“You need her say-so to finish this business you got, or she’s going to get in your way. And let’s face it, you don’t know up from down. If she offers you help, you oughta take it.” He stepped in front of me. “She sent me because I’m camorrista. Like you.”
“There’s enough off-the-boot in your blood. I can see it.”
“Jesus, man.” He showed me the inside of his left wrist, where a tattoo of a volcano was drawn. The high peak was on the left. I took his wrist and pulled the skin. It wasn’t pen. It was real. I didn’t want to trust it. Anybody can get a tattoo.
“This is Vesuvio from the Pompeii side,” I said, dropping his hand. I pulled up my left sleeve and held out my wrist, where the active side was drawn on the right.
“I know, man. Dude got it from a book. What do you want me to tell you? Nobody’s actually been to fucking Naples.”
“No,” I poked his chest. “Nobody has been to Pompeii.” I walked off, heading for what looked like a taxi stand.
“What are you going to do?” he’d said, chasing me. “Walk up and down Sunset, showing a mug shot? You’re gonna get pegged for a narc by the gangs and for a dago criminal by the cops before your tourist visa’s even up.”
“I have leads.”
“Not as good as mine. Come on. I know what they did to your sister. And I know why.” He stepped in front of me and dropped his voice. “I’m going to be honest. They got a big chunk of the east side, and I want it. Give me a chance to do business and avenge a lady at the same time.”
Something about the guy’s straightforwardness appealed to me, and the fact that he’d known I’d be there intrigued me.
“I see,” I said. “My father told Donna Maria I was coming.”
“I can’t say whether or not there was a phone conversation last night. I got nothing. ’Cause, you know, on the surface, he don’t even agree with you being here. On the surface, he wants it taken care of on the Naples side, by Neapolitans. By him. Not you. You’re a consigliere, dude. You don’t get to do vendettas.”
“But you do.”
He shrugged, confirming it with the gesture.
“And a contract gets you made,” I said.
Another gesture with a bobbing head that seemed affirmative.
“If I go with you,” I said, “that doesn’t mean I’m agreeing to anything.”
He smiled. “You ever had an In-’n-Out burger?”
“Scusa?” I didn’t know if he was propositioning me, or what.
“A burger. You hungry?”
“Yes. I am.”
“Let’s go then," he said. "You’re gonna love it here.”
I never did. But I paid my debts, and the price of allowing the vendetta to take place was two years of my life in the service of a Sicilian. It was worth it.
Eventually, I did need to leave the apartment. I picked up some things from the loft—cash, valuables, toiletries, even Daniel’s engagement ring—then went shopping on Rodeo, which was a complete waste of time, even after I’d dropped a few grand. I ignored a call from Katrina and my eleventh text from Margie. I wasn’t interested in explaining myself to anyone, since I couldn’t even explain myself to myself.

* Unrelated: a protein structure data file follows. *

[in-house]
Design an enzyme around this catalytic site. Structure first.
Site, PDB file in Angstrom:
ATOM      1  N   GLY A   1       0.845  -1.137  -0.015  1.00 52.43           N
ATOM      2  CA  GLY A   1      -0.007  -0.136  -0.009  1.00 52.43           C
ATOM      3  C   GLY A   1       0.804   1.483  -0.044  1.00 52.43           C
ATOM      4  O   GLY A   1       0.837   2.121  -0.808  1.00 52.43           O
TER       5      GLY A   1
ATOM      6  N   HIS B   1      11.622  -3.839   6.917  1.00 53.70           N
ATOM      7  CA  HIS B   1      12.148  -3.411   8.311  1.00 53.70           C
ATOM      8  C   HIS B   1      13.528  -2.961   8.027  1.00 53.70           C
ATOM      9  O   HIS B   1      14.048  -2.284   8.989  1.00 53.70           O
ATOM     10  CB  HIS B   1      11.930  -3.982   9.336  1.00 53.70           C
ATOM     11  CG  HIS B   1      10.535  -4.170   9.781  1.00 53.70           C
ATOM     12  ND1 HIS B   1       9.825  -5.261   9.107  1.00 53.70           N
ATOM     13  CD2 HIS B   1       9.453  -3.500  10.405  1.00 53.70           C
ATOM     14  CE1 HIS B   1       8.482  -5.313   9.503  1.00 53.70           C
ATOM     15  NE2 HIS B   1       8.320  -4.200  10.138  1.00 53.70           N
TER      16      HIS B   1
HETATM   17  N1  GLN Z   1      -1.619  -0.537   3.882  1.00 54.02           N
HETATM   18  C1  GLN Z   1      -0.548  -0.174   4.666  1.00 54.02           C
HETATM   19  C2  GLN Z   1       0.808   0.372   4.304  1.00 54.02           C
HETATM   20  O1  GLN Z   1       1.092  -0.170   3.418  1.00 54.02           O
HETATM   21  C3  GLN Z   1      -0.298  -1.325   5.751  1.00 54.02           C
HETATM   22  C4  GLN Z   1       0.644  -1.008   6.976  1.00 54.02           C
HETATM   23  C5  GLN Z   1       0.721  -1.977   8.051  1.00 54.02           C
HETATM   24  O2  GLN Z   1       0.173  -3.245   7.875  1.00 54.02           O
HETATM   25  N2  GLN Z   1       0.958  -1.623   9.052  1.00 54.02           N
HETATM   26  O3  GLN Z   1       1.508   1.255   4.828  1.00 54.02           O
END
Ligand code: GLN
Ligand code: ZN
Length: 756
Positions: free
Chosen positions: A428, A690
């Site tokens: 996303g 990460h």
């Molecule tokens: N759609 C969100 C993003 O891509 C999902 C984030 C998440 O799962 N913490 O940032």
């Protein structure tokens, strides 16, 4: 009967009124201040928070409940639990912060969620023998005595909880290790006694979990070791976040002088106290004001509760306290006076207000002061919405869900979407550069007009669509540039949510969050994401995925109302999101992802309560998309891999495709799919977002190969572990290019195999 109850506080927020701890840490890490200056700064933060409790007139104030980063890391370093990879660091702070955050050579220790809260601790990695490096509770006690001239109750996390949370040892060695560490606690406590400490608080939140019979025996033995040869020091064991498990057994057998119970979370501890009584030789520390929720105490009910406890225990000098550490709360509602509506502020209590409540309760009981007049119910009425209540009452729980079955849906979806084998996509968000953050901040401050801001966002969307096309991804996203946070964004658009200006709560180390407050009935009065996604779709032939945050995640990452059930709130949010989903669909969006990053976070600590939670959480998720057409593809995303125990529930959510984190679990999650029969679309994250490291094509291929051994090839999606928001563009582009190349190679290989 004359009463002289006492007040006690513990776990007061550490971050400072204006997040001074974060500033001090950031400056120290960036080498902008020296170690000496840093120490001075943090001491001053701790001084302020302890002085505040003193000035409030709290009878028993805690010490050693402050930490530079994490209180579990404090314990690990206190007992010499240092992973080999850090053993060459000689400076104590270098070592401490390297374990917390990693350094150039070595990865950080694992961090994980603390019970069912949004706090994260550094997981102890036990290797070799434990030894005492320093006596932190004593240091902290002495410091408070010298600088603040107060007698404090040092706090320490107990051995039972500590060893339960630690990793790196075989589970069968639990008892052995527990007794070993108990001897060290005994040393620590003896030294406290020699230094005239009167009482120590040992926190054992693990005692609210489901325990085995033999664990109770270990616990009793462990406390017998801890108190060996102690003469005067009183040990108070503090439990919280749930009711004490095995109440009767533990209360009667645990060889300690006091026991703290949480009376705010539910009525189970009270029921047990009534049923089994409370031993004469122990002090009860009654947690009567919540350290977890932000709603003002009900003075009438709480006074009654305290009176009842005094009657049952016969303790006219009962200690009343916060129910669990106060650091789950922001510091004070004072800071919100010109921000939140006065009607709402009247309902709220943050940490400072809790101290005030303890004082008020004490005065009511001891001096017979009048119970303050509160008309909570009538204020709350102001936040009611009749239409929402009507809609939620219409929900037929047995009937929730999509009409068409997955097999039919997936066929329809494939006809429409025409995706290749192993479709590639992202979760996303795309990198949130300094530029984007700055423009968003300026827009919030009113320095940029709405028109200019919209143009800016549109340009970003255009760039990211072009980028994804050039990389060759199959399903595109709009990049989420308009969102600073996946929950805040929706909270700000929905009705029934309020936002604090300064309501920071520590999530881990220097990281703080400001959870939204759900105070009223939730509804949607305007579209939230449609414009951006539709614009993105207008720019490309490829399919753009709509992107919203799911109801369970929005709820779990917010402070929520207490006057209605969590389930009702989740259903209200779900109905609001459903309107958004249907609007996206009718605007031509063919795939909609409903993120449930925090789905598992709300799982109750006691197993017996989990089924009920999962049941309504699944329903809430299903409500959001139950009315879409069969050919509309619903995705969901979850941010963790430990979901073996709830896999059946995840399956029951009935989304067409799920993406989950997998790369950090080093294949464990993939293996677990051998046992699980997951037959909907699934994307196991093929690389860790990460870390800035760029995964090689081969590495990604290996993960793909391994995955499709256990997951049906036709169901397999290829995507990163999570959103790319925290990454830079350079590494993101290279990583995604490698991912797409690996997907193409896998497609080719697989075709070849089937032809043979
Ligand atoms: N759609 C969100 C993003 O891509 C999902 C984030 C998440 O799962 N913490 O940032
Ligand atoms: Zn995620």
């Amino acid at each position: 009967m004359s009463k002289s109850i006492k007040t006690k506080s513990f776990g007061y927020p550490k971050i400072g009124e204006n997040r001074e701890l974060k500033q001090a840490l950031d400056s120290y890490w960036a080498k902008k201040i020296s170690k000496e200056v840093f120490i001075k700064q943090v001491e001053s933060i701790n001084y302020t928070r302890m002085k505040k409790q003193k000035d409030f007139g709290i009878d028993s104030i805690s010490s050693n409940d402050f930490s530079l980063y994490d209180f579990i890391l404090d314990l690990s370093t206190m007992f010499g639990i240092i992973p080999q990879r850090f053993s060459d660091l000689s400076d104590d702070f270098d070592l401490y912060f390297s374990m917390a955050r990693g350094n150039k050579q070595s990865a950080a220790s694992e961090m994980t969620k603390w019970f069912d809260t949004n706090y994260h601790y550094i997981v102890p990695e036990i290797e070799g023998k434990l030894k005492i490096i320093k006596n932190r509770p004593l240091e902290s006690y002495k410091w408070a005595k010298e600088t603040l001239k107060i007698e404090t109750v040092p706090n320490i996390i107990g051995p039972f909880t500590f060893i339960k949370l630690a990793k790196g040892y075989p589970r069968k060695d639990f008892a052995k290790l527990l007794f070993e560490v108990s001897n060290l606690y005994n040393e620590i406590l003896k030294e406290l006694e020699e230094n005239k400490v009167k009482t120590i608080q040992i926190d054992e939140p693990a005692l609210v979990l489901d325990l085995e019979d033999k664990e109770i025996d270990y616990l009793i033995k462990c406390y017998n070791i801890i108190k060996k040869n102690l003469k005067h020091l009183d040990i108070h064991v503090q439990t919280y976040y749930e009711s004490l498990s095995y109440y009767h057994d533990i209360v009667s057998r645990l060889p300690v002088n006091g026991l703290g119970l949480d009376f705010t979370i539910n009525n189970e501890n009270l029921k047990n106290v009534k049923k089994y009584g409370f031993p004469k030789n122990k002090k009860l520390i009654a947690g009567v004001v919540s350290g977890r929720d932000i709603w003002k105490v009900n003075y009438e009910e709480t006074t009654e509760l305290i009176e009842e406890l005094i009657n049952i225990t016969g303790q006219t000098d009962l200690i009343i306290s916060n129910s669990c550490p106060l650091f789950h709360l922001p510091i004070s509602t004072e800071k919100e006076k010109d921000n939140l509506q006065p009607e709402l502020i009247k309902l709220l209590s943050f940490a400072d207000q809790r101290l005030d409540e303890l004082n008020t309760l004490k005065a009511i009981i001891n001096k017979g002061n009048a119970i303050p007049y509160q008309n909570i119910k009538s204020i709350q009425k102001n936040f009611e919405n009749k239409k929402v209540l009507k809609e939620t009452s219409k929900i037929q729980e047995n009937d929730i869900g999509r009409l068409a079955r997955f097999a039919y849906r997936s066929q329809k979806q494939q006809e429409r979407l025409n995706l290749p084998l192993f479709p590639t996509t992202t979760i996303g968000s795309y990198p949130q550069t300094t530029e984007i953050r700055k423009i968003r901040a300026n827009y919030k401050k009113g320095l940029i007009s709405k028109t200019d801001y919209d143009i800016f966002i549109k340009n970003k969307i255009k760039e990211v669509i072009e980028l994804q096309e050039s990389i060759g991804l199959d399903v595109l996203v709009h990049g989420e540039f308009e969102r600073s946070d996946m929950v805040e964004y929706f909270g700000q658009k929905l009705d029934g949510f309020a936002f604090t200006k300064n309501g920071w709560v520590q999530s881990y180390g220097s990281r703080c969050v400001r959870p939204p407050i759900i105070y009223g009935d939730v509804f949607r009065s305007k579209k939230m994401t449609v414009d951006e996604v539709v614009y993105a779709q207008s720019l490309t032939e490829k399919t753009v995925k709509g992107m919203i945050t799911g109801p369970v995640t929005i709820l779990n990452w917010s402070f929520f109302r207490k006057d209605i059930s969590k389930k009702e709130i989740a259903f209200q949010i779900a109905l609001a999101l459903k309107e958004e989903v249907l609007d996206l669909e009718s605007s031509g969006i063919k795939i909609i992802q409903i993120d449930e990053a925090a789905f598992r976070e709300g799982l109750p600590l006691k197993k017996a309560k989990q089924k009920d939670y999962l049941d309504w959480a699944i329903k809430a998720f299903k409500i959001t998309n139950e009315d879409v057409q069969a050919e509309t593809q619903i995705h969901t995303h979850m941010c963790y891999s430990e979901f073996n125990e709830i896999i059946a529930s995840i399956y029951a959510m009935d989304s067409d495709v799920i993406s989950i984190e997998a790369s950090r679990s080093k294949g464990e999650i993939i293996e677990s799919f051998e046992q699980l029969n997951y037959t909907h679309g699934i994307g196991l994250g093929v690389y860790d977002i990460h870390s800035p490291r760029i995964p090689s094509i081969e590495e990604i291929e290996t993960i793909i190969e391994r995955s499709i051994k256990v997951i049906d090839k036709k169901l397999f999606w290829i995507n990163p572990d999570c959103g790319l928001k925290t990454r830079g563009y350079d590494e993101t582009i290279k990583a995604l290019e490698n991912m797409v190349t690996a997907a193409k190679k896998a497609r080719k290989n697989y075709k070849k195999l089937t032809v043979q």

Otto took me back to the Afidnes Tower. I stood there, waiting for an approved activity. Or a signal that I could move back home safely. Would Antonio allow tonight to pass without crawling between the sheets with me?
As Otto and I waited for the elevator, I texted Antonio.
—I’m back from lunch. I’m thinking of jumping out the window—
—Let me jump you first—
—I have something to show you first—
I was formulating a snappy retort, something along the lines of a grownup show-and-tell, with nudity, when Otto opened the door to the apartment. I was shoved back so hard the wind went out of me.
I never realized how big Otto was until I tried to see past him and couldn’t. His shoulders turned in, as if his arms were in front of him. The fact that I knew he was pointing a gun said a lot about what I’d been through.
“It’s all right,” said a man’s voice on the other side of Otto’s bulk. “We’re friends.”
“Like hell,” said Otto.
“Ask her,” came a woman’s voice. “Sometime before you crush her against the wall.”
“Margie!” I pushed past Otto to get to my sister.
“You know these people?” Otto asked as I hugged Margie. I didn’t know who the man was. He was mid to late thirties, maybe, or late twenties with a ton of extra experience that aged him ten years. He had dark hair and light-brown eyes, but he wasn’t Italian. And even though he wore a pinkie ring, he didn’t look mob. Not that it meant anything because mob or not, he and Otto had guns leveled at each other as if they meant to shoot first and deal with the handcuffs later.
Margie had her red hair up in a chignon, and she wore a snappy business suit as if she’d cancelled a meeting to break into my fake apartment.
I left Margie’s arms and stood between the two guns. “Guys, really?”
“Who are you?” Otto asked.
“He’s with me,” Margie said. “That’s all you need to know.”
“She’s my sister,” I said to Otto, putting my hand on his wrist. “They’re okay.” I looked him in the eye, transmitting sincerity and seriousness, until he lowered the weapon.
“Mi dispiace” he said to Margie. He shot Will a dirty look before stepping out the door. I clicked it behind him, and before I could let Margie know that Antonio would likely interrupt us in a few minutes, she reached behind me and slid the chain on the door.
“What is wrong with you?” I asked.
“You should try answering your phone.”
“I was busy.”
Will interjected as he removed files from a briefcase, “Hanging around Alberto Mongelluzo, apparently.”
“His name’s Otto.”
“No it’s not. Otto’s the Italian word for eight.” He holds up his pinkies. “You should ask him how he lost these. It wasn’t a golfing accident.”
“Who are you, again?” I asked.
Margie sat in my chair. “Mr. Santon freelances for my firm, and today, he’s doing me a favor.”